There is this thought that I have recycled in my columns a few times. And I remember expounding on it a bit in an article in the now defunct news monthly The Herald many, many years ago.
What is it? I had contended that it is corruption that holds our system together. Without it, the entire edifice would come tumbling down. Even if this rather hyperbolic statement is taken as a journalistic bluster, I had intended to underline the moral and intellectual deprivations of our society and an absence of trust in its myriad functions.
I am tempted to broach this subject now in the context of a remark made by former prime minister Shahid Khaqan Abbasi and the minor controversy that it created. We have to be mindful of the fact that Shahid Khaqan, along with former minister of finance Miftah Ismail, is engaged in an exploratory exercise to ‘reimagine’ Pakistan. Both these leaders of the PML-N are taking an independent stance, without forsaking their allegiance to the party.
Anyhow, Shahid Khaqan had stated that Rs20 billion had been embezzled from the federal government’s scheme to distribute free flour in Punjab. This allegation was seen as casting aspersions on the coalition government headed by Shehbaz Sharif. It upset the caretaker government of Punjab, whose spokesperson angrily rejected the possibility of any corruption in the scheme.
The former prime minister readily offered a clarification. He said that the interim government in Punjab did not have any links with corruption. It is the food department that is corrupt. “I did not talk about any corruption but about the system”, he explained on Tuesday. The point he stressed is that the system has become so corrupt and outdated that it cannot deliver even with the best intentions of the leaders at the top.
There are many streams of thought that emanate from this observation. When we talk of corruption in high places, the focus largely is on politicians in power. Such corruption is probable in almost all systems and climes, though it would not be as glaring as it is in countries like Pakistan. But corruption in the bureaucratic domain would not be so dominant in systems that work. So, we need to divert our attention to the role that bureaucracy is playing in the plunder of our national resources.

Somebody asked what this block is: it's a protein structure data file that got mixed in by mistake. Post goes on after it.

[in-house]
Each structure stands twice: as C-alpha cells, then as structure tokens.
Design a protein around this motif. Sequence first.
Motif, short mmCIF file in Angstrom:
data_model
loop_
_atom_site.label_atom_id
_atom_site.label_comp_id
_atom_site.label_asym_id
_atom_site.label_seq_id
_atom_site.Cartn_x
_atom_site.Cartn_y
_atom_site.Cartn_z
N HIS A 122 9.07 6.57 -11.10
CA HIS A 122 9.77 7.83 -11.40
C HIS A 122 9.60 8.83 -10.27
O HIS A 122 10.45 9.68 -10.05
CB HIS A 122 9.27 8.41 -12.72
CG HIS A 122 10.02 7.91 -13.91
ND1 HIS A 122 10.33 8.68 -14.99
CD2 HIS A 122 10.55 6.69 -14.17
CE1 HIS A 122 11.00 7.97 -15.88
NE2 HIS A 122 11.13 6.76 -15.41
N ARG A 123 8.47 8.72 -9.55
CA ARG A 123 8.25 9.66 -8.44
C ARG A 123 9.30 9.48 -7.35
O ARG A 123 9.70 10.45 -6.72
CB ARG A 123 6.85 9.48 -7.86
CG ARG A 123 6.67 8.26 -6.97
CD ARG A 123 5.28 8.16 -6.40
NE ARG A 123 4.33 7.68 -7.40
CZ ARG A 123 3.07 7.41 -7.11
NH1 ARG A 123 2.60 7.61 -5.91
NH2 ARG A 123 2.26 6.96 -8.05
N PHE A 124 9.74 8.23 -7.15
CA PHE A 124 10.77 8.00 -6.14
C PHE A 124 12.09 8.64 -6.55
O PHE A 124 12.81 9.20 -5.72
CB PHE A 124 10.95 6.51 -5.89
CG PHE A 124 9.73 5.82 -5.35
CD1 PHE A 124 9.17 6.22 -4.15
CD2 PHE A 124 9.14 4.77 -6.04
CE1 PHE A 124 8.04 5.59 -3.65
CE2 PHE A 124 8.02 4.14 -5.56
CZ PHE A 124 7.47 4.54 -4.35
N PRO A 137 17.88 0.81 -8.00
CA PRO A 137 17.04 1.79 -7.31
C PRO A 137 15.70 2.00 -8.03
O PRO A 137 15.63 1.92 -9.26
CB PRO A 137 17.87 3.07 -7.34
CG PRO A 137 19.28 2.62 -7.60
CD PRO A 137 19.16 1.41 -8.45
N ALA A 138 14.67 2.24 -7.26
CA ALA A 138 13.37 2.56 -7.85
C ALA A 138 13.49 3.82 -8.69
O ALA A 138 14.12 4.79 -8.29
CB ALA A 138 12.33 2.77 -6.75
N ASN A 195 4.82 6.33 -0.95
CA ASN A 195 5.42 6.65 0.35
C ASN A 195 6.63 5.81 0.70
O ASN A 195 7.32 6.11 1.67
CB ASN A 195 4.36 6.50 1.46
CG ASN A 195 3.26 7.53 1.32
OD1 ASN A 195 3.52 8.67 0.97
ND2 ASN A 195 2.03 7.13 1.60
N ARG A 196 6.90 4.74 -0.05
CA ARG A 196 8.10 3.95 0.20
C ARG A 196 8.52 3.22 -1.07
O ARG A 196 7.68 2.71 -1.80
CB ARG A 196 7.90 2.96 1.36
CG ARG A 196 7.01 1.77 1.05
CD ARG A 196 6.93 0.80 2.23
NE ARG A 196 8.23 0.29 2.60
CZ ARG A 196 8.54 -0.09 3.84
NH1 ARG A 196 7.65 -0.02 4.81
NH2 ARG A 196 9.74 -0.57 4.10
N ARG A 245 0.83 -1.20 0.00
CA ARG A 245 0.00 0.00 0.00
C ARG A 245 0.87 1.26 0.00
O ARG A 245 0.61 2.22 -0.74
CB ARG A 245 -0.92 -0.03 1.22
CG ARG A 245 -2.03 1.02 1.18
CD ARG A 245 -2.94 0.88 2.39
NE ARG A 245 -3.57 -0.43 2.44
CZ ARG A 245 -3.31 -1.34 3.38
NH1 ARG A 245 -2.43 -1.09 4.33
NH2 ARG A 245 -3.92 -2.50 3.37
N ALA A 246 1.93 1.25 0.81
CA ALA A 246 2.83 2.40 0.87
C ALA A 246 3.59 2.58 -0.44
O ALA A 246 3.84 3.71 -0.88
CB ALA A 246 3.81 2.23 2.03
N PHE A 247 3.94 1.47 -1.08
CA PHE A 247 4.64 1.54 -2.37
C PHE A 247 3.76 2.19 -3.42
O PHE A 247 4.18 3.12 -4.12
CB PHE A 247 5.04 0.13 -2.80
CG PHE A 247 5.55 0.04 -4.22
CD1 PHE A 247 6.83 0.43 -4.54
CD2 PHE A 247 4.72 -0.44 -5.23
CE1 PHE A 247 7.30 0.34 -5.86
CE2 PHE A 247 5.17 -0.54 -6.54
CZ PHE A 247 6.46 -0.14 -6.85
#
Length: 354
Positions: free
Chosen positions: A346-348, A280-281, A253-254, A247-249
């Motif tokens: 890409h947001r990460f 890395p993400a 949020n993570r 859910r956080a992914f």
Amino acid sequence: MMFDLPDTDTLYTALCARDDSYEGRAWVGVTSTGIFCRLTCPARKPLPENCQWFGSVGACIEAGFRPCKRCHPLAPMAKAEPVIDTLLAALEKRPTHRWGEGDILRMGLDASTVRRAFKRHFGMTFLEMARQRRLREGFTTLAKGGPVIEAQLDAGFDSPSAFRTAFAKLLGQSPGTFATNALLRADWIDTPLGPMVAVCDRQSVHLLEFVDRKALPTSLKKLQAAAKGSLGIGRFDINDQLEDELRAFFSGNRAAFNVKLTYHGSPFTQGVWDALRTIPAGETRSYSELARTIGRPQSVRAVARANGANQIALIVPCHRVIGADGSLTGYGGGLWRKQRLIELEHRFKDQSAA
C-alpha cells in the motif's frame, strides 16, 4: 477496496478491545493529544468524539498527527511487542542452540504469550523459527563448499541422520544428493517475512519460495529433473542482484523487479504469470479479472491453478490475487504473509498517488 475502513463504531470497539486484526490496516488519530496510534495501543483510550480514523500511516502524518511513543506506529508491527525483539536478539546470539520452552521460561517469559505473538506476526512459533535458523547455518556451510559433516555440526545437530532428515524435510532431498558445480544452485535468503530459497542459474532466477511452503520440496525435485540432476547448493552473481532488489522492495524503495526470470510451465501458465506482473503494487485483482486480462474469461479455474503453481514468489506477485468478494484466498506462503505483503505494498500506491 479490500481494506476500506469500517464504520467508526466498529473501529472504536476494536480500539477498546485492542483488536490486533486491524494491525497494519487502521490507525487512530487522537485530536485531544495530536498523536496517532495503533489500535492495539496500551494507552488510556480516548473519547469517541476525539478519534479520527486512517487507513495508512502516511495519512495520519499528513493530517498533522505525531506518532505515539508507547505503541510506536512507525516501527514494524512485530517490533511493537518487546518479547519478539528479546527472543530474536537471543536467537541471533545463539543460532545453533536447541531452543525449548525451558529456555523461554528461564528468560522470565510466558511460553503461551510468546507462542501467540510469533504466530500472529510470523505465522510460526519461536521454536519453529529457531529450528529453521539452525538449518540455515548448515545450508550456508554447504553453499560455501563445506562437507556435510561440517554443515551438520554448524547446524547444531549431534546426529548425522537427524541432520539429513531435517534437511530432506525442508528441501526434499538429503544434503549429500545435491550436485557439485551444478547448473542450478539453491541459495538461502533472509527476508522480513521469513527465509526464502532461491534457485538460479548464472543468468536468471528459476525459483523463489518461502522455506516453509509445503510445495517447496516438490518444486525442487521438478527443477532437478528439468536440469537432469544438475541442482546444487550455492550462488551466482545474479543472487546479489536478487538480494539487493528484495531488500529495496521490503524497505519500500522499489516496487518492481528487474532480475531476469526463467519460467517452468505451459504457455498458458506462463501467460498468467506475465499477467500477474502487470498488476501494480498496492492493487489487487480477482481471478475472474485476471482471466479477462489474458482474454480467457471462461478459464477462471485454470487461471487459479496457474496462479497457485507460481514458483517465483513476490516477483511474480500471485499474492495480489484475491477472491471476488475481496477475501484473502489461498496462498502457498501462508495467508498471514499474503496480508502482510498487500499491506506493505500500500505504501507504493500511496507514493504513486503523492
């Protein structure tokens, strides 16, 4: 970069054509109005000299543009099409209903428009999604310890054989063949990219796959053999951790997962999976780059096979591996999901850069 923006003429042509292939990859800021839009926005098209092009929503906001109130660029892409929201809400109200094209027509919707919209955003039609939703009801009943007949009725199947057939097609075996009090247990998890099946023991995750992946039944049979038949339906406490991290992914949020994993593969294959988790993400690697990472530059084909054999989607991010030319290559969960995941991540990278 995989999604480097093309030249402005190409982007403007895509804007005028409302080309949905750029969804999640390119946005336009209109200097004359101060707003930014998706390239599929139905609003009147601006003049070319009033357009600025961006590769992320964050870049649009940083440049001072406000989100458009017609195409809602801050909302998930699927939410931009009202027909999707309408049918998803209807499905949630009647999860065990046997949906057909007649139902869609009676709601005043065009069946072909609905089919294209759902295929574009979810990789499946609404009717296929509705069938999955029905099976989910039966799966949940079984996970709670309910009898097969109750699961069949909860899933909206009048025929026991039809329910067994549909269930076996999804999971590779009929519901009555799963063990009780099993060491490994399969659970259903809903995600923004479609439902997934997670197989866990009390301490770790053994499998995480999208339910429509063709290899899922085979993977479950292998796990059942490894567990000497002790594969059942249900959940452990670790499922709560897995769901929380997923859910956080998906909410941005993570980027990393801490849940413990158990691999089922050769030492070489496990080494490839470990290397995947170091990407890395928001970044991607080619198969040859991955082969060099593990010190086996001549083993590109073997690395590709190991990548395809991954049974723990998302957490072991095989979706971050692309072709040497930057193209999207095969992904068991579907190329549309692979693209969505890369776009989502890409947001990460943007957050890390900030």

It is commonly assumed that law-abiding and honest rulers can set things right because, as the dictum goes, ‘a fish rots from the head down’. Shahid Khaqan is in fact arguing that a change in political or administrative leadership will make little difference in Pakistan. There is a lot to be done from the bottom up if the Augean stables of corruption are to be cleansed.
I know that I have chosen a subject that demands a thorough study of which I am not capable. For that matter, I would find it difficult to delve into what may be called intellectual corruption, involving wilful deviations that may not bring any financial gains. There are other forms of corruption that subvert the interests of the people and add to their misery.